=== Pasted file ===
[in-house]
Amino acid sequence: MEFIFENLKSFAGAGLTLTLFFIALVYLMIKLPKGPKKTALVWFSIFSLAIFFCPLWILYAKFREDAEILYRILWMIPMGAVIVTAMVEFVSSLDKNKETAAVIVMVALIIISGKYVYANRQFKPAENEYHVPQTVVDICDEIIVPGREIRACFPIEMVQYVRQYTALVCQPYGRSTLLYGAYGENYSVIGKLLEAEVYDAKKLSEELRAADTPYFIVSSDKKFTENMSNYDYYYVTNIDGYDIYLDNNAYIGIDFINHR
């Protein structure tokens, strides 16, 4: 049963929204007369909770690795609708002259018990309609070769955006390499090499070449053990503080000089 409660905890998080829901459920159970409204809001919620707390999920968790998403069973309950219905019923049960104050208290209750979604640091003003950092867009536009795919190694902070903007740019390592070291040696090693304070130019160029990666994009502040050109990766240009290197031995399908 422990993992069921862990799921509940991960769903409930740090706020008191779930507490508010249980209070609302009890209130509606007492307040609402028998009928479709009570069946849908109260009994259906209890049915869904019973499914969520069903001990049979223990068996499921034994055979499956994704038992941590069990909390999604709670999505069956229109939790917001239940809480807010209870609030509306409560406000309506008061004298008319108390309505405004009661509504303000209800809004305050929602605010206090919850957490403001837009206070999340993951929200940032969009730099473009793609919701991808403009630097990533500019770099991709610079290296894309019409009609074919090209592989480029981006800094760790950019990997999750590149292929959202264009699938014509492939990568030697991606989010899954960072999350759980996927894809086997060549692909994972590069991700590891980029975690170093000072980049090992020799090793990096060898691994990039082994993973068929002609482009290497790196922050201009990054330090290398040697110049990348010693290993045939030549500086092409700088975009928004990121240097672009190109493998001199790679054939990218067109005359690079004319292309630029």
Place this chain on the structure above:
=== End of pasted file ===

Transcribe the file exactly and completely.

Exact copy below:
[in-house]
Amino acid sequence: MEFIFENLKSFAGAGLTLTLFFIALVYLMIKLPKGPKKTALVWFSIFSLAIFFCPLWILYAKFREDAEILYRILWMIPMGAVIVTAMVEFVSSLDKNKETAAVIVMVALIIISGKYVYANRQFKPAENEYHVPQTVVDICDEIIVPGREIRACFPIEMVQYVRQYTALVCQPYGRSTLLYGAYGENYSVIGKLLEAEVYDAKKLSEELRAADTPYFIVSSDKKFTENMSNYDYYYVTNIDGYDIYLDNNAYIGIDFINHR
């Protein structure tokens, strides 16, 4: 049963929204007369909770690795609708002259018990309609070769955006390499090499070449053990503080000089 409660905890998080829901459920159970409204809001919620707390999920968790998403069973309950219905019923049960104050208290209750979604640091003003950092867009536009795919190694902070903007740019390592070291040696090693304070130019160029990666994009502040050109990766240009290197031995399908 422990993992069921862990799921509940991960769903409930740090706020008191779930507490508010249980209070609302009890209130509606007492307040609402028998009928479709009570069946849908109260009994259906209890049915869904019973499914969520069903001990049979223990068996499921034994055979499956994704038992941590069990909390999604709670999505069956229109939790917001239940809480807010209870609030509306409560406000309506008061004298008319108390309505405004009661509504303000209800809004305050929602605010206090919850957490403001837009206070999340993951929200940032969009730099473009793609919701991808403009630097990533500019770099991709610079290296894309019409009609074919090209592989480029981006800094760790950019990997999750590149292929959202264009699938014509492939990568030697991606989010899954960072999350759980996927894809086997060549692909994972590069991700590891980029975690170093000072980049090992020799090793990096060898691994990039082994993973068929002609482009290497790196922050201009990054330090290398040697110049990348010693290993045939030549500086092409700088975009928004990121240097672009190109493998001199790679054939990218067109005359690079004319292309630029």
Place this chain on the structure above: